Of course, there’s more insurance than just life insurance. Make sure that you have your bases covered when it comes to health insurance, car insurance, homeowner’s insurance, property and casualty insurance, etc. It’s important to make any necessary adjustments to hedge against potential risk.

Long-Term Financial Goals

Last, but certainly not least, we have long-term financial goals. One big long-term financial goal is to not run out of money before running out of life. But it’s also a long-term financial goal to not have too much money left over at the end of your life unless you want to leave a big legacy.

Confidence, Freedom, and Time

Our goal at Modern Wealth is to help people gain more confidence that they’re doing the right things with their money, freedom from financial stress, and time to spend doing the things they love. Those are oftentimes long-term financial goals for people as they’re planning for and trying to get through retirement.

It is possible to plan for retirement in just a year or two, but it’s advisable to begin planning for it around 10 years before you want to retire. There are so many major considerations with getting to and through retirement that focus on the financial planning pillars of taxes, estate planning, investments, and risk management.

Building Generational Wealth

If leaving a legacy is important to you, make sure that your plan prioritizes building generational wealth. We can’t stress enough that it’s not about how much you save, but how much you get to keep (and pass on to the next generation if you want to leave a legacy).

Yes, understanding how to properly construct your portfolio is a huge part of that. It’s crucial to have a diversified portfolio and to be strategic about how you invest. But having an investment plan and a financial plan are two different things. Think of your investments as the engine that makes your financial plan go. Your financial plan won’t be complete, though, without a forward-looking tax plan, estate plan, and risk management strategies.

Before you know it, your financial goals could soon overlap with your children and grandchildren’s financial goals. If you want to support them as they’re going through school, maybe setting up a 529 plan is something you want to consider.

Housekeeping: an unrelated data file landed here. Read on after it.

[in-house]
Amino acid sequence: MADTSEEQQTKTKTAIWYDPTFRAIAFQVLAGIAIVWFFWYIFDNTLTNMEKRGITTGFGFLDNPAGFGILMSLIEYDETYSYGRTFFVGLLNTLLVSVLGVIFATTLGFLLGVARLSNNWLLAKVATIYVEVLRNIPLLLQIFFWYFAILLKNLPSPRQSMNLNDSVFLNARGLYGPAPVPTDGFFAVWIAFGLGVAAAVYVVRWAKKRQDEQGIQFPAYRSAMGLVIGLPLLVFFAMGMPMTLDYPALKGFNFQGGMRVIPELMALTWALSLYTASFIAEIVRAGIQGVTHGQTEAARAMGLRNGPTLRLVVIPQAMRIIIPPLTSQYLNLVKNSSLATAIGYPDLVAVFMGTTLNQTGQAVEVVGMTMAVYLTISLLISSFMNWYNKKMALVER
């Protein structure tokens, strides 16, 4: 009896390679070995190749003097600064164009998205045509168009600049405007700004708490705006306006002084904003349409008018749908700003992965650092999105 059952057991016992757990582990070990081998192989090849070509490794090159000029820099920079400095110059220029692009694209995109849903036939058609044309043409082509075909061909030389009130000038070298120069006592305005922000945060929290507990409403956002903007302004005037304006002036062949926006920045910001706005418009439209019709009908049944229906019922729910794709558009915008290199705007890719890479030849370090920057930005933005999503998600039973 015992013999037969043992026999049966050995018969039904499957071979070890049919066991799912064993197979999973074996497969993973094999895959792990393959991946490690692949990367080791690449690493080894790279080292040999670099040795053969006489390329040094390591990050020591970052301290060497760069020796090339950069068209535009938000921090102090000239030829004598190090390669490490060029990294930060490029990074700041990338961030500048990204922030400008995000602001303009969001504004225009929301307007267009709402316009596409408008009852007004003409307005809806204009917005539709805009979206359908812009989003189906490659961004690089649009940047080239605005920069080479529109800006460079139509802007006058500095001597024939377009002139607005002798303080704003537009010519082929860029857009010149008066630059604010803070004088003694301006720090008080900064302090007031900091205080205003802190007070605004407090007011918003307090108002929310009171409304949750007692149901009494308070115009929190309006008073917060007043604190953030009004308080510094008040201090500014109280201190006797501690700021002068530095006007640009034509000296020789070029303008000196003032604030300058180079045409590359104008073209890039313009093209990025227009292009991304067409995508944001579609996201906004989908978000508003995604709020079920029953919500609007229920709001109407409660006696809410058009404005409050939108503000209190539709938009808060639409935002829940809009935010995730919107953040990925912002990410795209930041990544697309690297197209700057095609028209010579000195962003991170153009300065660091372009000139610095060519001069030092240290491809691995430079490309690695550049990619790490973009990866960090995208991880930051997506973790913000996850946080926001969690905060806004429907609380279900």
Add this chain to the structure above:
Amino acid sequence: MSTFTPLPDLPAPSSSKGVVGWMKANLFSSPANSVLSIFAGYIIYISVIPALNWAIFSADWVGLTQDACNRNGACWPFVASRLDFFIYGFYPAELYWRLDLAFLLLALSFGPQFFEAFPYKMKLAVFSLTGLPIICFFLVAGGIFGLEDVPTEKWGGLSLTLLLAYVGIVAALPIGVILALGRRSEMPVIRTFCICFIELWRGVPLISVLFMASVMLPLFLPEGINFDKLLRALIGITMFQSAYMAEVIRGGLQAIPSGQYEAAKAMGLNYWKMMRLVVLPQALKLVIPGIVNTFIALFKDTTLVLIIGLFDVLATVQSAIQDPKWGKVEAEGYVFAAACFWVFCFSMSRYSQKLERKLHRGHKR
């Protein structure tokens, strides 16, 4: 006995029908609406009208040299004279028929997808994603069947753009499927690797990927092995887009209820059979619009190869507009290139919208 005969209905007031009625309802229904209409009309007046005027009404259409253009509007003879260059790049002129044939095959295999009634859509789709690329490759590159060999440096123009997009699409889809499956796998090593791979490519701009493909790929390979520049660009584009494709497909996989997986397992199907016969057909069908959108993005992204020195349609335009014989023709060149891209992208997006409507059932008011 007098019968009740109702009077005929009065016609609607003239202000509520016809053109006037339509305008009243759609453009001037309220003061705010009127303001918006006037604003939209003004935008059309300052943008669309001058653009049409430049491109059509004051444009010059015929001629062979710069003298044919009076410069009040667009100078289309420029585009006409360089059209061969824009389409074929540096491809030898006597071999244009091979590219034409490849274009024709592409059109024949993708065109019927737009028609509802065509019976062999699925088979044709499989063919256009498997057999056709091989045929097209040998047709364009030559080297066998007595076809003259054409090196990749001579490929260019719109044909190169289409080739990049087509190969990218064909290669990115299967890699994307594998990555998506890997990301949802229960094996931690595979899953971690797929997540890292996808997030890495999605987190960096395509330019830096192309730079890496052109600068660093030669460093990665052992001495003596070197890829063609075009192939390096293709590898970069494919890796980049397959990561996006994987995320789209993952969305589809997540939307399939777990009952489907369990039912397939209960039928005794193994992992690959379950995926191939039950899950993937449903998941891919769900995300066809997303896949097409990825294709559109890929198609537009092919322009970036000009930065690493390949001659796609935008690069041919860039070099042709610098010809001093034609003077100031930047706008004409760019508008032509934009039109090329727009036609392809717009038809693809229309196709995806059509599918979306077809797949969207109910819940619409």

How Do You Know If You’ll Be OK?

As you’re planning for retirement, there’s a chance that you could be helping both your children with funding their education and your parents with their healthcare costs. That can be a lot to handle while still trying to make sure that you’ll have enough to get to and through retirement. How do you know that you’ll be OK?

That’s why it’s so important to have a personalized financial plan that’s been stress tested for things such as market downturns, periods of prolonged high inflation and high interest rates, and other types of historical economic cycles. Would your financial plan have survived during events like the Dot-Com Bubble or Great Recession? Stress test your plan and find out!

If you download our Retirement Plan Checklist, you’ll notice that stress testing for those variables and several other retirement planning considerations that we’ve discussed in this article are mentioned in it. This whitepaper consists of 30 yes-or-no questions that gauge your retirement readiness and age-and date-based timelines that cover various retirement planning considerations. As you’re mapping out your short-term, mid-term, and long-term financial goals, make sure you have a copy of our Retirement Plan Checklist handy.

Short-term, mid-term, and long-term financial goals

Retirement Plan Checklist

What Are Your Short-Term, Mid-Term, and Long-Term Financial Goals?

We’ve covered several examples of short-term, mid-term, and long-term financial goals that hopefully have you thinking about your specific financial goals. Remember that your financial goals will be different from anyone else’s. Our team is ready to build you a personalized financial plan that’s designed around those goals, so start a conversation with our team today by viewing our schedule below.

Schedule a Meeting

We can’t wait to hear about your short-term, mid-term, and long-term financial goals and do our part along the way to make sure you stay on track to accomplish them. Let’s start planning your financial future today.

Short-Term, Mid-Term, and Long-Term Financial Goals : Watch Guide 

00:00 – Introduction
– Short-Term Financial Goals
– Mid-Term Financial Goals
– Long-Term Financial Goals
– What We Learned Today

Resources Mentioned in This Article

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Past Episodes of America’s Wealth Management Show


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Investment advisory services offered through Modern Wealth Management, LLC, an SEC Registered Investment Adviser.

The views expressed represent the opinion of Modern Wealth Management an SEC Registered Investment Adviser. Information provided is for illustrative purposes only and does not constitute investment, tax, or legal advice. Modern Wealth Management does not accept any liability for the use of the information discussed. Consult with a qualified financial, legal, or tax professional prior to taking any action.